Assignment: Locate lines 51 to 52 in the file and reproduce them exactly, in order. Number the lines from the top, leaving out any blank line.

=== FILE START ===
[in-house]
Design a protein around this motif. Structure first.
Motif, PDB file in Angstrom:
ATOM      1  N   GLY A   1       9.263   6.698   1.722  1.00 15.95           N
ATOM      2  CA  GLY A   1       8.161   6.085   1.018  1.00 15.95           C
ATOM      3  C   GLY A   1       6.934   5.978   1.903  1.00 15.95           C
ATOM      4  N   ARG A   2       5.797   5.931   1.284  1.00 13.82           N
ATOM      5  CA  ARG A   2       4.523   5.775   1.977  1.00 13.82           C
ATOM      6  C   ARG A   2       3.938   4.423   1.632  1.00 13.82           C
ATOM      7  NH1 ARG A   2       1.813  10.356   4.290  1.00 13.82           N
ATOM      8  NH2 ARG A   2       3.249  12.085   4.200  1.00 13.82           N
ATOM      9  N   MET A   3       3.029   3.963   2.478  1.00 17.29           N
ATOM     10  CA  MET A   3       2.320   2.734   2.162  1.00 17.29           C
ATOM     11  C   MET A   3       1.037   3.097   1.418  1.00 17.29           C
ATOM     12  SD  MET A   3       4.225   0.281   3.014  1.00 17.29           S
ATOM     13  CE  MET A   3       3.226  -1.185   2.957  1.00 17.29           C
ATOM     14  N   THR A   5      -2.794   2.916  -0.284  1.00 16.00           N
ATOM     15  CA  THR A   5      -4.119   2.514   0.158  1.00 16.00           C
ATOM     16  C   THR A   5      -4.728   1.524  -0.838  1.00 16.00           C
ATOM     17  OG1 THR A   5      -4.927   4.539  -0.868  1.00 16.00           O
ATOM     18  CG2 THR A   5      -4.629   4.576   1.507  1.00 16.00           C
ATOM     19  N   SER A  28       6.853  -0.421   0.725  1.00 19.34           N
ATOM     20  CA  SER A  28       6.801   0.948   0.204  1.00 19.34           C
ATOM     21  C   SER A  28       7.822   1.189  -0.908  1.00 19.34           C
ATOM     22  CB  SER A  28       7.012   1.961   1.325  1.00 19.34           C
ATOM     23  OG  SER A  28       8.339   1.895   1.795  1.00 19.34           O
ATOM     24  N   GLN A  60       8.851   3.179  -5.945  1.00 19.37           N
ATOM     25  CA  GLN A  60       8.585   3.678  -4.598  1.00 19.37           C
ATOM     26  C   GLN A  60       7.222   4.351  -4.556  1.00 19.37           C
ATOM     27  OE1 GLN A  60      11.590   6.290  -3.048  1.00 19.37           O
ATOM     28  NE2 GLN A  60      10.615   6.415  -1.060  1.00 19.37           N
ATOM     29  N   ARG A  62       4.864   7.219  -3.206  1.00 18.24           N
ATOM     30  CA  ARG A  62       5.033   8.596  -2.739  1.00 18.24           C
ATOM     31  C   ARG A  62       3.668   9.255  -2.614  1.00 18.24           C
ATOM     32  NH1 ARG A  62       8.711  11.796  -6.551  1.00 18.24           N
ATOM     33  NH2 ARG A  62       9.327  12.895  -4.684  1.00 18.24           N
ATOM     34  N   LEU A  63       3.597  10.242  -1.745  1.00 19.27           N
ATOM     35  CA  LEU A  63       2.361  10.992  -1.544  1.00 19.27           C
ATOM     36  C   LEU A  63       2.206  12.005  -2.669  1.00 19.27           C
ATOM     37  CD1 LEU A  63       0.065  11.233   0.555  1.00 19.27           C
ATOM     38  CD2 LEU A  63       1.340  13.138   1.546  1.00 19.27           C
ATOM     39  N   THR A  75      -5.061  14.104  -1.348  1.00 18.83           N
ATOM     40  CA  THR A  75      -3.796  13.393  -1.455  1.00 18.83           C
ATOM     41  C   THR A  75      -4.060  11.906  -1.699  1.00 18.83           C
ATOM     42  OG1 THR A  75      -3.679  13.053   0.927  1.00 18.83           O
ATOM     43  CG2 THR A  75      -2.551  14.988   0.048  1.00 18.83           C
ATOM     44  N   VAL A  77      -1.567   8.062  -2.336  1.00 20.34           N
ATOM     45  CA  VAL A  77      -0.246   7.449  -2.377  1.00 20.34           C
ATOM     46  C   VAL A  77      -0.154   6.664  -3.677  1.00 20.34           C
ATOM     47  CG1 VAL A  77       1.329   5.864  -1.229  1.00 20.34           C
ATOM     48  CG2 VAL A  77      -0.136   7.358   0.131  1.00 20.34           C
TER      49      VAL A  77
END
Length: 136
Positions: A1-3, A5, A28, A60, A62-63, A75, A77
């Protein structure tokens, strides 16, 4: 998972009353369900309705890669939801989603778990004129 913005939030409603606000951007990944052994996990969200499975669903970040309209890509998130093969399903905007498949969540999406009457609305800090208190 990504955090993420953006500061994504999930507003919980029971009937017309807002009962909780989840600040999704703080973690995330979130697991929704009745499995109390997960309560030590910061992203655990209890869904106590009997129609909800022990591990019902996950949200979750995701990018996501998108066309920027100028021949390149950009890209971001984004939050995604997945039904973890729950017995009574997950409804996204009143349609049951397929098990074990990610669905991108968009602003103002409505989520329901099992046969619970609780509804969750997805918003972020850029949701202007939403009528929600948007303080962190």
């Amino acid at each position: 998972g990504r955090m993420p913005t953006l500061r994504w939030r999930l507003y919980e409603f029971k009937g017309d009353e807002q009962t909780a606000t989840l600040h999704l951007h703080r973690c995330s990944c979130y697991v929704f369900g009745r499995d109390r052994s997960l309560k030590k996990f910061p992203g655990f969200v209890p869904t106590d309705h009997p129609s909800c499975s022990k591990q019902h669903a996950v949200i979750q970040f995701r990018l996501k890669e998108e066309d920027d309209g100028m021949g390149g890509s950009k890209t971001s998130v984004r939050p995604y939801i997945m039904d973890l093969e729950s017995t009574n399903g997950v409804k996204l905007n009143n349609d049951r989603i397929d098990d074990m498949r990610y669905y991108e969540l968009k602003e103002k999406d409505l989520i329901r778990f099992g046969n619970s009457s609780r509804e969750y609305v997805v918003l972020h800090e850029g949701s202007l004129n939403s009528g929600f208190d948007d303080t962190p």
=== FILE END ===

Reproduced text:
ATOM     48  CG2 VAL A  77      -0.136   7.358   0.131  1.00 20.34           C
TER      49      VAL A  77